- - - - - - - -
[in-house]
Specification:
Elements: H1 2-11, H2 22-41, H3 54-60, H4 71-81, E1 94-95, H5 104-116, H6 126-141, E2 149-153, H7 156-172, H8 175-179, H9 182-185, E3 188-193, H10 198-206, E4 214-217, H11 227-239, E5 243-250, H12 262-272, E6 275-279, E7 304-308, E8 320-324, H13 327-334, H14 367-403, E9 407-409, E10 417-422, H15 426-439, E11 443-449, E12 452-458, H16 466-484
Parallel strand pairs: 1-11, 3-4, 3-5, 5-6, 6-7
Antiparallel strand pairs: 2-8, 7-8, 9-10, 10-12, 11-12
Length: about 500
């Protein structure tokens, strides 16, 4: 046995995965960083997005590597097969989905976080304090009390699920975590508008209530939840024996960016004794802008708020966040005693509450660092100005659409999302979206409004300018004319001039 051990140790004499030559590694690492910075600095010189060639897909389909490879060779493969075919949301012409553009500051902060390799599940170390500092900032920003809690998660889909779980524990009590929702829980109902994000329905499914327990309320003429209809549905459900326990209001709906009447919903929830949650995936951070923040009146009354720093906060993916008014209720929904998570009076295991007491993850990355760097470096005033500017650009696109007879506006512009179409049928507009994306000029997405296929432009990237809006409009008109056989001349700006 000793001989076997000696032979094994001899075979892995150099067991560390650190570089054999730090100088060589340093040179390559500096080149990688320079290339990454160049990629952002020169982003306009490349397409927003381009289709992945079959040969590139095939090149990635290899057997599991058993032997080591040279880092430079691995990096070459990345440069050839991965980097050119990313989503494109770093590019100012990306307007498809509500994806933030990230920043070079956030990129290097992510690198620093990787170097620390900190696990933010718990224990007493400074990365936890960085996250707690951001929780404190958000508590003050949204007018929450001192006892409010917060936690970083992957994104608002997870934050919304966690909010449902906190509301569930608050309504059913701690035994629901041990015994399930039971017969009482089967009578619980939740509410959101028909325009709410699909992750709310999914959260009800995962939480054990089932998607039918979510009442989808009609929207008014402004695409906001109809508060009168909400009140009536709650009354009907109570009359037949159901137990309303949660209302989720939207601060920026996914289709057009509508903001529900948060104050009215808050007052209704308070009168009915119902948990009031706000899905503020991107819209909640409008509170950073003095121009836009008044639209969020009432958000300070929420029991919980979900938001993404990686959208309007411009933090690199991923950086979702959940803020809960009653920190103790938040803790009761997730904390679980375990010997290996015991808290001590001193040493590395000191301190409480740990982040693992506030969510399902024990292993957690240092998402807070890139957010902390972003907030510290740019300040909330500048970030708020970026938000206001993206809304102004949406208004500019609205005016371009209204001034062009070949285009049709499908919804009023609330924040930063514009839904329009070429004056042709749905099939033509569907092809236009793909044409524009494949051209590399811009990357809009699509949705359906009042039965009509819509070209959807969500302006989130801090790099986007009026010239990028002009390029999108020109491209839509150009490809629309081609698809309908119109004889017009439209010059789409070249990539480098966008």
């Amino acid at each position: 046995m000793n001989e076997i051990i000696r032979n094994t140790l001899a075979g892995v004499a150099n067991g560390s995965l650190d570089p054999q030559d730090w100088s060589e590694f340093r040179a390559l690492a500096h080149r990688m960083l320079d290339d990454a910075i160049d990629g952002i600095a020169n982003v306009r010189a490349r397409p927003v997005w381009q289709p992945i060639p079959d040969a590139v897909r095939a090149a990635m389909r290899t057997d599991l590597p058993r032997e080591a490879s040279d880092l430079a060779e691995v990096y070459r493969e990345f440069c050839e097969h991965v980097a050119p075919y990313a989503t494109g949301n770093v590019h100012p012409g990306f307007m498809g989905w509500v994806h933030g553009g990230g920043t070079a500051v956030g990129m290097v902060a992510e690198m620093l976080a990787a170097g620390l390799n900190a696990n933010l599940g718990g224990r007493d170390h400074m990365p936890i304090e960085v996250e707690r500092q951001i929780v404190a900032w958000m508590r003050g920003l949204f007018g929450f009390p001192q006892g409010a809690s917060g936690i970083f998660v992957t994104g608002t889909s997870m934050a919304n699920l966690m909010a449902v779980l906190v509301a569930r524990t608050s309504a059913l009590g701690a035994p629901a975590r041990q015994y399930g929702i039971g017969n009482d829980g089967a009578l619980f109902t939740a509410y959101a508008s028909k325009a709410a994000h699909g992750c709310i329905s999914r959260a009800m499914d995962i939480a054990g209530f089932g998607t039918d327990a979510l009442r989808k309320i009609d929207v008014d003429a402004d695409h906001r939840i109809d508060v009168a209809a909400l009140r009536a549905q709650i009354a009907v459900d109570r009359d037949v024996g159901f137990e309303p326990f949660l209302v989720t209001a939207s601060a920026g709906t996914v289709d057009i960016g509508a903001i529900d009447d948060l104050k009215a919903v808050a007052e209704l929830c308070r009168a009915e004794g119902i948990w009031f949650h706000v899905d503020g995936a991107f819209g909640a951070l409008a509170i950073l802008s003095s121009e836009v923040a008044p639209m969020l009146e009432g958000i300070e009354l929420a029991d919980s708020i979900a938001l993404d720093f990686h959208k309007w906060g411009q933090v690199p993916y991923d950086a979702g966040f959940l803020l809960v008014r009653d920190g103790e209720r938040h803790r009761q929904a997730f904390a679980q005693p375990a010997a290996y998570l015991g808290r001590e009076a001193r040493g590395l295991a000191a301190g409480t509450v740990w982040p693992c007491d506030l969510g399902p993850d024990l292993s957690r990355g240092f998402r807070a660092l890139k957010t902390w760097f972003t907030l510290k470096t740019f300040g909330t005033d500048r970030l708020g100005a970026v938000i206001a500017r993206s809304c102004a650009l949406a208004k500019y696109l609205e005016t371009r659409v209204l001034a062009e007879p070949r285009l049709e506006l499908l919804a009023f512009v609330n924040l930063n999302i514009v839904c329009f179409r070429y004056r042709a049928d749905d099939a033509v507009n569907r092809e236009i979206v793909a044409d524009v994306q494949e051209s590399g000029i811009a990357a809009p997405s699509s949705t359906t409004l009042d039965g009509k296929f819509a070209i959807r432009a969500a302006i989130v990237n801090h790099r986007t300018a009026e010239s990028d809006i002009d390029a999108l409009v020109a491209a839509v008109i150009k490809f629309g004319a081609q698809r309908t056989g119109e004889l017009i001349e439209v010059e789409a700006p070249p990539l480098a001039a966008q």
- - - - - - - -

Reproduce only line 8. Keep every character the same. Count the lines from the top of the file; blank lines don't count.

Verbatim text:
């Amino acid at each position: 046995m000793n001989e076997i051990i000696r032979n094994t140790l001899a075979g892995v004499a150099n067991g560390s995965l650190d570089p054999q030559d730090w100088s060589e590694f340093r040179a390559l690492a500096h080149r990688m960083l320079d290339d990454a910075i160049d990629g952002i600095a020169n982003v306009r010189a490349r397409p927003v997005w381009q289709p992945i060639p079959d040969a590139v897909r095939a090149a990635m389909r290899t057997d599991l590597p058993r032997e080591a490879s040279d880092l430079a060779e691995v990096y070459r493969e990345f440069c050839e097969h991965v980097a050119p075919y990313a989503t494109g949301n770093v590019h100012p012409g990306f307007m498809g989905w509500v994806h933030g553009g990230g920043t070079a500051v956030g990129m290097v902060a992510e690198m620093l976080a990787a170097g620390l390799n900190a696990n933010l599940g718990g224990r007493d170390h400074m990365p936890i304090e960085v996250e707690r500092q951001i929780v404190a900032w958000m508590r003050g920003l949204f007018g929450f009390p001192q006892g409010a809690s917060g936690i970083f998660v992957t994104g608002t889909s997870m934050a919304n699920l966690m909010a449902v779980l906190v509301a569930r524990t608050s309504a059913l009590g701690a035994p629901a975590r041990q015994y399930g929702i039971g017969n009482d829980g089967a009578l619980f109902t939740a509410y959101a508008s028909k325009a709410a994000h699909g992750c709310i329905s999914r959260a009800m499914d995962i939480a054990g209530f089932g998607t039918d327990a979510l009442r989808k309320i009609d929207v008014d003429a402004d695409h906001r939840i109809d508060v009168a209809a909400l009140r009536a549905q709650i009354a009907v459900d109570r009359d037949v024996g159901f137990e309303p326990f949660l209302v989720t209001a939207s601060a920026g709906t996914v289709d057009i960016g509508a903001i529900d009447d948060l104050k009215a919903v808050a007052e209704l929830c308070r009168a009915e004794g119902i948990w009031f949650h706000v899905d503020g995936a991107f819209g909640a951070l409008a509170i950073l802008s003095s121009e836009v923040a008044p639209m969020l009146e009432g958000i300070e009354l929420a029991d919980s708020i979900a938001l993404d720093f990686h959208k309007w906060g411009q933090v690199p993916y991923d950086a979702g966040f959940l803020l809960v008014r009653d920190g103790e209720r938040h803790r009761q929904a997730f904390a679980q005693p375990a010997a290996y998570l015991g808290r001590e009076a001193r040493g590395l295991a000191a301190g409480t509450v740990w982040p693992c007491d506030l969510g399902p993850d024990l292993s957690r990355g240092f998402r807070a660092l890139k957010t902390w760097f972003t907030l510290k470096t740019f300040g909330t005033d500048r970030l708020g100005a970026v938000i206001a500017r993206s809304c102004a650009l949406a208004k500019y696109l609205e005016t371009r659409v209204l001034a062009e007879p070949r285009l049709e506006l499908l919804a009023f512009v609330n924040l930063n999302i514009v839904c329009f179409r070429y004056r042709a049928d749905d099939a033509v507009n569907r092809e236009i979206v793909a044409d524009v994306q494949e051209s590399g000029i811009a990357a809009p997405s699509s949705t359906t409004l009042d039965g009509k296929f819509a070209i959807r432009a969500a302006i989130v990237n801090h790099r986007t300018a009026e010239s990028d809006i002009d390029a999108l409009v020109a491209a839509v008109i150009k490809f629309g004319a081609q698809r309908t056989g119109e004889l017009i001349e439209v010059e789409a700006p070249p990539l480098a001039a966008q």